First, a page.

United States District Court, Southern District of Indiana, Indianapolis Division
March 5, 2014
TRACEY RHODES, Plaintiff,
JAMES R. FLEMING, et al., Defendants.
ENTRY DISCUSSING CLAIM AGAINST ANKIL ALI
SARAH EVANS BARKER, JUDGE
Among the several defendants in this civil rights action brought by Tracey Rhodes is Ankil Ali, the Indiana attorney who represented Rhodes in a criminal prosecution in Howard County. Aki seeks resolution of Rhodes’ claims him through the entry of summary judgment, just as Rhodes seeks the entry of summary judgment as to those same claims.
Summary judgment should be granted “if the movant shows that there is no genuine dispute as to any material fact and the movant is entitled to a judgment as a matter of law.” Fed.R.Civ.P. 56(a). A "material fact" is one that "might affect the outcome of the suit." Anderson v. Liberty Lobby, Inc., 477 U.S. 242, 248 (1986). A dispute over “material fact” is “genuine” if “the evidence is such that a reasonable jury could return a verdict for the nonmoving party.” Id. If no reasonable jury could find for the non-moving party, then there is no “genuine” dispute. Scott v. Harris, 127 S.Ct. 1769, 1776 (2007).
To survive summary judgment, the nonmoving party must establish some genuine issue for trial such that a reasonable jury could return a verdict in his favor. Makowski v. SmithAmundsen LLC, 662 F.3d 818, 822 (7th Cir. 2011)(citing Anderson v. Liberty Lobby, Inc., 477 U.S. 242, 248 (1986)). "The nonmovant will successfully oppose summary judgment only when it presents definite, competent evidence to rebut the motion." Vukadinovich v. Bd. of Sch. Trs., 278 F.3d 693, 699 (7th Cir. 2002) (internal quotation and citation omitted). See Fed.R.Civ.P. 56(c)(1)(A), B)(both the party "asserting that a fact cannot be, " and a party asserting that a fact is genuinely disputed, must support their assertions by "citing to particular parts of materials in the record, " or by "showing that the materials cited do not establish the absence or presence of a genuine dispute, or that an adverse party cannot produce admissible evidence to support the fact.").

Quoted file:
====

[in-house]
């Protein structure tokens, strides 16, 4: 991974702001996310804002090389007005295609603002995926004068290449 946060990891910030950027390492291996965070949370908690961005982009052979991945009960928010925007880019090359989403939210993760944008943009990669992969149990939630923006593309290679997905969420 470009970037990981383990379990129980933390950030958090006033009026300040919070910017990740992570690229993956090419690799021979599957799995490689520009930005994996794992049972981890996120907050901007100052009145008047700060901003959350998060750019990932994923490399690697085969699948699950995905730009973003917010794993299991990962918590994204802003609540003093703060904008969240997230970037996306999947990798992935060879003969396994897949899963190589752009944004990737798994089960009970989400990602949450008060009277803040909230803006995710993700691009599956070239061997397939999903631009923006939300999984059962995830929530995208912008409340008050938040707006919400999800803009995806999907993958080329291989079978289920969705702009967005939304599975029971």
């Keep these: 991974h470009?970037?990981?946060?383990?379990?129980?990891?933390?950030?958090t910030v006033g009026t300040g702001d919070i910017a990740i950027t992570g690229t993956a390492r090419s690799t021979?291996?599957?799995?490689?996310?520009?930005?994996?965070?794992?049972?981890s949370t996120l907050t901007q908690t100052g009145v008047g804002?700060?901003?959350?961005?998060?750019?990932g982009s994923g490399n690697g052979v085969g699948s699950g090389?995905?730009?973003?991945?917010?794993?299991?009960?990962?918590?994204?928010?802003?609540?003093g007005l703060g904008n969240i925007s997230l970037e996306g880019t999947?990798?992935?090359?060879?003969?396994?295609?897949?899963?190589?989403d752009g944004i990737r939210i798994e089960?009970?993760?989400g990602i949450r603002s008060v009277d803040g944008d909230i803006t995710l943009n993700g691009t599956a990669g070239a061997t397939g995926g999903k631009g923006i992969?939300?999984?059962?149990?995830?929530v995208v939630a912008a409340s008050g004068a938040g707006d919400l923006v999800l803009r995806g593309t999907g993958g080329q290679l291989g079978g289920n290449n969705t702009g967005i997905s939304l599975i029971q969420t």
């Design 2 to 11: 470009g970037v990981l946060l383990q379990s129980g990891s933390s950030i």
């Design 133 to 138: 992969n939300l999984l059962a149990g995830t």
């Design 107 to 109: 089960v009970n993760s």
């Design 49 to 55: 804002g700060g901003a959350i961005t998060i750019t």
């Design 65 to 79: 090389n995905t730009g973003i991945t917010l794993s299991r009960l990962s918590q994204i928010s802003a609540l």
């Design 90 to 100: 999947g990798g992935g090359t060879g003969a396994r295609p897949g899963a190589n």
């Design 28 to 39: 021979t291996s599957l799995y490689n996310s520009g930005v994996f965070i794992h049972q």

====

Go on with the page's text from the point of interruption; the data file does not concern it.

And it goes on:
Having considered the pleadings and the evidentiary record which is properly before the court, and being duly advised, the court finds that Aki’s motion for summary judgment must be granted and that Rhodes’ motion for summary judgment as to the claims against Aki must be denied. These conclusions rest on the following facts and circumstances:
1. Rhodes was charged with criminal offenses in Howard County on February 10, 2006, in No. 34D02-0602-FC-0036 (“the state criminal case”). Aki represented Rhodes in the state criminal case from October 24, 2006, until the case was concluded. The charges against Rhodes were resolved through the submission of a plea agreement. Rhodes pled guilty to four counts of sexual misconduct on October 10, 2007. The plea was accepted and other charges were dismissed. Rhodes was sentenced on November 14, 2007. Rhodes filed a petition for post-conviction relief on April 3, 2012. The post-conviction petition was docketed as No. 34D01-1204-PC-00316 and was denied on January 25, 2013. Rhodes’ conviction in the state criminal case has not been invalidated or set aside.
2. As noted, Ali represented Rhodes in the state criminal case. The operative pleading setting forth Rhodes’ claims is his second amended complaint filed on March 12, 2013. Ali’s first appearance as a defendant in the case came in the amended complaint filed on May 1, 2013, which followed the original complaint filed on January 30, 2013.
3. Rhodes’ federal claims are asserted pursuant to 42 U.S.C. §§ 1981, 1983 and 1985, while the court has jurisdiction over his claims under state law, if at all, pursuant to 28 U.S.C. § 1367(a). As to the state law claims against defendant Ali, the court finds it appropriate to exercise its supplemental jurisdiction because there is no doubt about how those claims should be decided.” See Taflinger v. U.S. Swimming, Inc., 435 F.App'x 559, 562 (7th Cir. 2011)(citing cases).